Woman who killed disabled daughter: 'I would like to turn the clock back'

Chicago Tribune

A Schaumburg woman who gave her severely disabled daughter a fatal dosage of medication before trying to take her own life stood before a judge Wednesday afternoon and said she wished she could "turn back the clock and ... care for her again."

Bonnie Liltz gave her first public statement since she was charged last year with first-degree murder in the death of her 28-year-old daughter Courtney. Liltz pleaded guilty to a lesser charge, involuntary manslaughter, earlier this week, and prosecutors on Wednesday recommended that she receive four years of probation, plus mental health treatment, rather than prison time.

Judge Joel Greenblatt said he will announce his sentence next week. Liltz could also receive up to 14 years in prison.

The 56-year-old Liltz, appearing frail and at times crying, read a statement in court Wednesday in which she described adopting Courtney at age 5 as "the happiest day of my life."

"I never felt that she was a burden. Every day was a privilege," she said of caring for her daughter, who could not feed herself or talk and had limited mobility.

But Liltz described her growing fears about what would happen to her daughter as her own health declined having suffered from recurring cancer and severe intestinal problems.

"I felt the only place she would be safe would be in heaven with me," Liltz said. "I have a pain inside that is beyond words. I pray every day that someday we will be together again."

Liltz described waking up at 3:30 a.m. on May 27 last year with severe abdominal pain, convinced that her intestines were failing.

"I thought ... I was dying. I prayed to God, 'What's going to happen to Courtney?' I was scared and overwhelmed," Liltz said. "I couldn't bear the thought of her in an institution for the rest of her life." Liltz made a similar statement in a suicide note that authorities said she scripted that day.

Liltz did not directly address what authorities said she did next: She broke apart capsules of different medications and placed the powder inside them into Courtney's feeding tube. Then she swallowed some of the mixture herself with a glass of wine.

Liltz's sister, Susan Liltz, described in court Tuesday how she arrived later that day to find Bonnie and Courtney unconscious in their beds.

Susan Liltz and other supporters, including the sisters' elderly parents, testified on Bonnie's behalf, requesting leniency and saying a prison term would be tantamount to a death sentence because of her health problems.

Her father, Victor Liltz, called what his daughter did "an act of love."

"When she took the medication, she decided to take Courtney with her," he said.

Gladys Liltz, Bonnie's mother, said Bonnie believed Courtney "would go to heaven and be safe there."

"Bonnie's punishment is missing Courtney every day," Gladys Liltz said.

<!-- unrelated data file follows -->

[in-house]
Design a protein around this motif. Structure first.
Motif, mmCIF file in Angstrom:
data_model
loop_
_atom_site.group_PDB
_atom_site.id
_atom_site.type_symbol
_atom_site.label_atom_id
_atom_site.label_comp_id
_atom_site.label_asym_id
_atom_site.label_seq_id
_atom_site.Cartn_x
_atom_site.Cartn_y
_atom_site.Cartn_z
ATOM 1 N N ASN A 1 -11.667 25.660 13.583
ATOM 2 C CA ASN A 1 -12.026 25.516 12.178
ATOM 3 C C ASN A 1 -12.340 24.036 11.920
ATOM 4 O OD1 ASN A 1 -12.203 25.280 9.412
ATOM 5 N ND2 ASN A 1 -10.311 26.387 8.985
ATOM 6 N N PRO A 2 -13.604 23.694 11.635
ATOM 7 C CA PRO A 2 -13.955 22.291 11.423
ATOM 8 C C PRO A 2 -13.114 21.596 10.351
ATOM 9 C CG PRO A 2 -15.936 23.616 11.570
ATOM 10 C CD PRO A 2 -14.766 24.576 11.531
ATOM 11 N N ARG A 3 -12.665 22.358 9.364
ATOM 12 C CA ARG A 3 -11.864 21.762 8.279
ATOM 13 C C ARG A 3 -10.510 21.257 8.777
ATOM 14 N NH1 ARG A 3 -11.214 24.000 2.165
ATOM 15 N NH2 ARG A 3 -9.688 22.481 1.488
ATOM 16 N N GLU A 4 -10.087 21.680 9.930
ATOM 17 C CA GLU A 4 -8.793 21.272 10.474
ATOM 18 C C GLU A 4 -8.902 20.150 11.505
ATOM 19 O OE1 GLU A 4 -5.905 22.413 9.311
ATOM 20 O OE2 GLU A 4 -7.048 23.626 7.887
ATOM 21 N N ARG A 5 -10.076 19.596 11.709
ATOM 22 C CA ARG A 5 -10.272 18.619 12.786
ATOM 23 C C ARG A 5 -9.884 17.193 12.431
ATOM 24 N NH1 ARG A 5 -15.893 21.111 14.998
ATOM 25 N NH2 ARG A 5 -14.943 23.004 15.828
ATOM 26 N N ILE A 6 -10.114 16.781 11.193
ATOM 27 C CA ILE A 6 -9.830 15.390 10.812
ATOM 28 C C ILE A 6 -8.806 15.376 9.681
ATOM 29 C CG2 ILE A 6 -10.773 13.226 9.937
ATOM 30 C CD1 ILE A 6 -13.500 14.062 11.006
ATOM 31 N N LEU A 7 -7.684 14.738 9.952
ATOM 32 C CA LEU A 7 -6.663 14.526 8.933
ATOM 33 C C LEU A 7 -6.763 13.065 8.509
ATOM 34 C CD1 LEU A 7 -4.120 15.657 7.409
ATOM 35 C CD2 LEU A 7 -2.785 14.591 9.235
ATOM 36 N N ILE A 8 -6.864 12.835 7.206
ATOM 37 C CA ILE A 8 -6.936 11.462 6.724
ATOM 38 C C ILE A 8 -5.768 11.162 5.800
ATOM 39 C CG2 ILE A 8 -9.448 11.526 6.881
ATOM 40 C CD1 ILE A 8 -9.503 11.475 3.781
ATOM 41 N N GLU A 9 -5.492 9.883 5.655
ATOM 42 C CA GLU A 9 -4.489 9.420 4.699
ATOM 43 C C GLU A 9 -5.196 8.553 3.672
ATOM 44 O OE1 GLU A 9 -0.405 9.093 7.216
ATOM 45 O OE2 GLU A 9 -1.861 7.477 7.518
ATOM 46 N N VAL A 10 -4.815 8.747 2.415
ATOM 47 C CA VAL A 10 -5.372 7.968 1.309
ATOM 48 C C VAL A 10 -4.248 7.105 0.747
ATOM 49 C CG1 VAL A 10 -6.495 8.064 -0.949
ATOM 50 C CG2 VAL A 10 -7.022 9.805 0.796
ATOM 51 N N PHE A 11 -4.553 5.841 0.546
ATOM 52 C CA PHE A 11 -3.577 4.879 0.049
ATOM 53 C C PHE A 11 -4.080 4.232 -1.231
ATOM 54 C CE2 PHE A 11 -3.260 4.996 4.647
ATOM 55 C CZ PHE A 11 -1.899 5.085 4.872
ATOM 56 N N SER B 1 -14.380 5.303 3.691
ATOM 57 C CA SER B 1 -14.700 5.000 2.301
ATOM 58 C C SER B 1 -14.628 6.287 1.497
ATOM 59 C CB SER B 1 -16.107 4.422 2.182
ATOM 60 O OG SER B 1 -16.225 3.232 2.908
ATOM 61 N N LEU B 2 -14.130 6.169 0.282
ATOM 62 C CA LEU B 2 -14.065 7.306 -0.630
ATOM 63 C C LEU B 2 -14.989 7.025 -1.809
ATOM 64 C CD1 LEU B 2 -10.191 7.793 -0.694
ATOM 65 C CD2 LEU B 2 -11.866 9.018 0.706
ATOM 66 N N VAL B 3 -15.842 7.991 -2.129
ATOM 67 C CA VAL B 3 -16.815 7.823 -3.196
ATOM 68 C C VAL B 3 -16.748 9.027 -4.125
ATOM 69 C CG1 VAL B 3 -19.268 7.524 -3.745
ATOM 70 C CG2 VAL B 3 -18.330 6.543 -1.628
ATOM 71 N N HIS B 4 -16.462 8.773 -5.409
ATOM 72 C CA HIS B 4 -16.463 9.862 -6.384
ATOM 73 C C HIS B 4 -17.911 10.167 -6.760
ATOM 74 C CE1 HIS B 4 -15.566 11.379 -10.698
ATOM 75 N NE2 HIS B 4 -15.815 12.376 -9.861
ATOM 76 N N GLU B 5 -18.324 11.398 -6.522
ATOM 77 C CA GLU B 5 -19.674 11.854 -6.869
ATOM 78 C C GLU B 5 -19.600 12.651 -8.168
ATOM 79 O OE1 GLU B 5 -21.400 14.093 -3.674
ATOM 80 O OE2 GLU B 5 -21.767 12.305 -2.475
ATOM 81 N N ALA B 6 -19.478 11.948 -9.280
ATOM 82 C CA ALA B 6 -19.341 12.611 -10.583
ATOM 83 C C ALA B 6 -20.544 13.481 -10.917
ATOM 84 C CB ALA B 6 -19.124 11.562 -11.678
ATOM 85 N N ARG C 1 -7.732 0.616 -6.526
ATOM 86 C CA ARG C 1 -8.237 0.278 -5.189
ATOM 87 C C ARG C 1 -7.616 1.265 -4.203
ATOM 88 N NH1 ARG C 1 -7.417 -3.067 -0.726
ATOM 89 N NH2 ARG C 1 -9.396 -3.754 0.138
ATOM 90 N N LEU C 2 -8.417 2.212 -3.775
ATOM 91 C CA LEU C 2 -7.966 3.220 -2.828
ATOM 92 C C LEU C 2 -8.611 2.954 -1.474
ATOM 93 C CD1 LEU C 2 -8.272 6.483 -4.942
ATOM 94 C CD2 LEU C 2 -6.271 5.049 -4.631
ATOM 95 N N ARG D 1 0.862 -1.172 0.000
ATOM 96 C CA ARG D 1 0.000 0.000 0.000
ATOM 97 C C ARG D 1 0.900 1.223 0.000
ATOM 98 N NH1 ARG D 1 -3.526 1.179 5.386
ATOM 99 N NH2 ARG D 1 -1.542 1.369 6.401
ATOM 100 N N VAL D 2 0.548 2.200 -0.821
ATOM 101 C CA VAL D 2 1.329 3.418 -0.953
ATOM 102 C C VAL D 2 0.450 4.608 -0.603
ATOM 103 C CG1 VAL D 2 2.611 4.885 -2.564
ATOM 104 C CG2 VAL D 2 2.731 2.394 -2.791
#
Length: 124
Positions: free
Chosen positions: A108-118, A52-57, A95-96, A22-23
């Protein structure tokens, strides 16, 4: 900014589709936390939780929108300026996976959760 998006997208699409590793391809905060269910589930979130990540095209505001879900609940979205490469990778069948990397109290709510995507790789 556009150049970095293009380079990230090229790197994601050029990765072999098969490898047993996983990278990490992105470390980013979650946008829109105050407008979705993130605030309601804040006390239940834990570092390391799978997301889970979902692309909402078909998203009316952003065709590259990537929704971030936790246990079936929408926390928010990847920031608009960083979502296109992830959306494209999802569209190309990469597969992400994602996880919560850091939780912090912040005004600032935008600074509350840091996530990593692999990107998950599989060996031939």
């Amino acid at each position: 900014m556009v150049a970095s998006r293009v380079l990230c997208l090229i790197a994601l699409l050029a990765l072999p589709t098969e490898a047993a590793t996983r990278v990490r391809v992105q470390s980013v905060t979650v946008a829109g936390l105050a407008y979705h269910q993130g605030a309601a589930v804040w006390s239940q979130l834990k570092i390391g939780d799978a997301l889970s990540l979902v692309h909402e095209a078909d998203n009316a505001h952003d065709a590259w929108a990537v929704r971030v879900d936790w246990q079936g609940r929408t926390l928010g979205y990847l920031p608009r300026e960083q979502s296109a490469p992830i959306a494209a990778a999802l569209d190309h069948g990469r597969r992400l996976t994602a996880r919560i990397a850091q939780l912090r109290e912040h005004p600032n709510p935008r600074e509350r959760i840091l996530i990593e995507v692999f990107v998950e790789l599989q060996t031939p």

The case has touched a nerve among those who sympathize with the plight of parents of the severely disabled and those who believe it's never acceptable to take another human life.

Several people who knew the Liltzes, including those who worked at Courtney's former school and ran a day program she attended in Elgin for many years, said they perceived Bonnie Liltz as a devoted and caring mother who advocated for her daughter, noting she raised the girl as a single mother.

Liltz described how an early bout with ovarian cancer made it impossible for her to have biological children.

"But in all ways but biological, I was Courtney's mother," Liltz said in court. "I fed her, I dressed her and I loved her. Nobody in this courtroom could know how I loved her and how she loved me."

She also described how upset she was at the care Courtney received in an institutional setting where she was placed when Bonnie was hospitalized. Bonnie said Courtney's clothes were soiled when she picked her up, and she could tell Courtney was upset with her.

Thomas Glasgow, her attorney, said Bonnie "adopted a child that nobody else wanted. She had a lifelong dedication and devotion to someone society had thrown away."

Legal experts said they would not be surprised to see the judge choose probation in this case, given its circumstances.

"The legislature intentionally made reckless death a probationable offense," said Robert Loeb, a Chicago criminal defense attorney and former prosecutor. "And we should see some probation given for deaths under some cases. This sound like the case."

George Houde is a freelance reporter. Chicago Tribune's Tony Briscoe contributed.

Copyright © 2018, Chicago Tribune
A version of this article appeared in print on May 12, 2016, in the News section of the Chicago Tribune with the headline "Charged mother describes `pain' - Tells court she feared for disabled daughter's future" — | Subscribe
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